Ever thought what happens when you open an application program like Microsoft Word or Excel or a calculator on your laptop or mobile? These are application programs written in high-level programming languages, which are, eventually converted to binary machine language (in terms of ‘1’s and ‘0’s). What’s interesting here is the software and hardware interface.
A high-level program, like swap.c as shown below is first converted to an assembly language program (RISC-V in below example) using compiler. This assembly language is converted to binary machine language program using an assembler. This level of abstraction of your application using high-level programming languages like C, C++, Java or Visual Basic, proves to be a great idea to improve design
Here’s the flow:
Application software- System Software-Hardware
One important abstraction, as shown above, is the interface between lowest level software (see instructions like addi, sd, slli, etc. in above image) and hardware (See below). This lowest level software is therefore called as instruction set architecture (ISA) or simply architecture.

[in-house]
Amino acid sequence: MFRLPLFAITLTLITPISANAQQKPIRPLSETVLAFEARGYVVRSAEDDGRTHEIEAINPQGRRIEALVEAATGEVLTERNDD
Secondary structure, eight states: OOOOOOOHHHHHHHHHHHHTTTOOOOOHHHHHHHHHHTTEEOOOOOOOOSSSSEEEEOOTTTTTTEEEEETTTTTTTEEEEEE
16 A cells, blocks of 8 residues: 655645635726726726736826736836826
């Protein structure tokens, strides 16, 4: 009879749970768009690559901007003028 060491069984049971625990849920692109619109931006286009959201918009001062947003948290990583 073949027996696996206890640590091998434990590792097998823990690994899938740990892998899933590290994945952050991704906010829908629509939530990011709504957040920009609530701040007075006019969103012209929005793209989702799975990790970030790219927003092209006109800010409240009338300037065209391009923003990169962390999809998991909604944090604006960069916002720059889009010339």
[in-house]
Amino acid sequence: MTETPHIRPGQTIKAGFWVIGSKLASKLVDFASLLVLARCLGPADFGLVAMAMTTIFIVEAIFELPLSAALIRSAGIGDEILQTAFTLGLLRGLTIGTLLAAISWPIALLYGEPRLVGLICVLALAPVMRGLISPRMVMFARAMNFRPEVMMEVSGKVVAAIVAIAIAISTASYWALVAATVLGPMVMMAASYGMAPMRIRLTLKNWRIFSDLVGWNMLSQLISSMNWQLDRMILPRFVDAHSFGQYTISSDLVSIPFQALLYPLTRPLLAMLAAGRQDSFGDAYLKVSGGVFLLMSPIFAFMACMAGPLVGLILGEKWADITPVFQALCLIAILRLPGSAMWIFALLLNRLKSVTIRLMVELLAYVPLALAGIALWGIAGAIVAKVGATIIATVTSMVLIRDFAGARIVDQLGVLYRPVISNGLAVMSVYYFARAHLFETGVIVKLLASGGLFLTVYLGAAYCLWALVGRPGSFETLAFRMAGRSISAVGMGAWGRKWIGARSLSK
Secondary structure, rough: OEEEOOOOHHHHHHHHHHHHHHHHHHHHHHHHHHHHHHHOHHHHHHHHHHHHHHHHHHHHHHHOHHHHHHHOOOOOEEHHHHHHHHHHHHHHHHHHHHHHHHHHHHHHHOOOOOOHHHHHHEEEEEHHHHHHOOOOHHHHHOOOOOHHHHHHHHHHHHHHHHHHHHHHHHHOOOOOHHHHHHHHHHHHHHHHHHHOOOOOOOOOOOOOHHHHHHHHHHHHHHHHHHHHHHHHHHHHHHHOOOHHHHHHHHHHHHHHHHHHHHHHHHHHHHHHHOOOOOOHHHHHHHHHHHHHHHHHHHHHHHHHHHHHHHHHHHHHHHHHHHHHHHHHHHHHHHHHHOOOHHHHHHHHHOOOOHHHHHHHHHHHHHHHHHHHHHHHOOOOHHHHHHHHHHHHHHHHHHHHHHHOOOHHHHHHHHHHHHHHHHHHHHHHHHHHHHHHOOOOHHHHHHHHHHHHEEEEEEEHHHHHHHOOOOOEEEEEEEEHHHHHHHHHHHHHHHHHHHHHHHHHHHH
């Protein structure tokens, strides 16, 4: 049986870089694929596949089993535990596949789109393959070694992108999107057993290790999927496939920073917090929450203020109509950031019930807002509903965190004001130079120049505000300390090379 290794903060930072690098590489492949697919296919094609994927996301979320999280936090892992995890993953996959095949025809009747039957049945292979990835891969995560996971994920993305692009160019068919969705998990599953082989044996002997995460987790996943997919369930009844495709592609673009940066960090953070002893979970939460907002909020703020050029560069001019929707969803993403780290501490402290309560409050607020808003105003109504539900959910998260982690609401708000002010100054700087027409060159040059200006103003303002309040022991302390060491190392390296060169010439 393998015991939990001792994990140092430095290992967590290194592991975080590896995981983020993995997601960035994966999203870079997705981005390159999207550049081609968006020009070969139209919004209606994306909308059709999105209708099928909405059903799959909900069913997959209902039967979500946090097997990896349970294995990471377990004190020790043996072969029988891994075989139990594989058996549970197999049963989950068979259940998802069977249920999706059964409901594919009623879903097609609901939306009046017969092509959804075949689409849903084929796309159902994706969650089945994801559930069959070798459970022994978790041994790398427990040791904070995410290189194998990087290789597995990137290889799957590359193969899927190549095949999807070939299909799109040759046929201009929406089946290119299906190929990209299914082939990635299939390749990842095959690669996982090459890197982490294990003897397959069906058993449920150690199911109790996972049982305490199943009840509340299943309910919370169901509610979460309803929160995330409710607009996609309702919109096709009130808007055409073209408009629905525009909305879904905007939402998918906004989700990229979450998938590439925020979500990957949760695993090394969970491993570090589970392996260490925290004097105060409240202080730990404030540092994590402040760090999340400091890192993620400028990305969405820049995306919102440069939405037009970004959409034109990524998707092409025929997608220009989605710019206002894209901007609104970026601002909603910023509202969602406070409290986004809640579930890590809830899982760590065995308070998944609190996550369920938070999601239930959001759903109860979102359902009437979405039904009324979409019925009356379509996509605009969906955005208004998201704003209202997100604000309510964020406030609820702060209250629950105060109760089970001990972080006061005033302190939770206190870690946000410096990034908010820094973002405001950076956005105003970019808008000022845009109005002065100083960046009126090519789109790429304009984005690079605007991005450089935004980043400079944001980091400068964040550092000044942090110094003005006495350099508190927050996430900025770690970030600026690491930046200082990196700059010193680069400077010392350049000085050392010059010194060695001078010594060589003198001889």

‘Picorv32’ is a cpu core that implements RISC-V architecture (which will be more evident as we continue with the upcoming course). Implementation is a hardware, which follows architecture abstraction. See RTL snippet in below image –
And finally, once we synthesize/pnr picorv32 using qflow (an opensource rtl2gds flow) and analyze using STA tool ‘opentimer’, below is the layout what you can see in MAGIC – Now this layout is an actual hardware implementation of a RISC-V architecture, you can call it a ‘processor’ which sits on your mobile phone and runs all applications on your phone, like facebook, linkedin and so on
- Introduction to risc-v instruction set architecture – Thanks to SiFive for helping me out on this
- RTL implementation and synthesis of risc-v – Thanks to Clifford Wolf
- RTL2GDS of picorv32 – Thanks to Tim Edwards from opencircuitdesign.com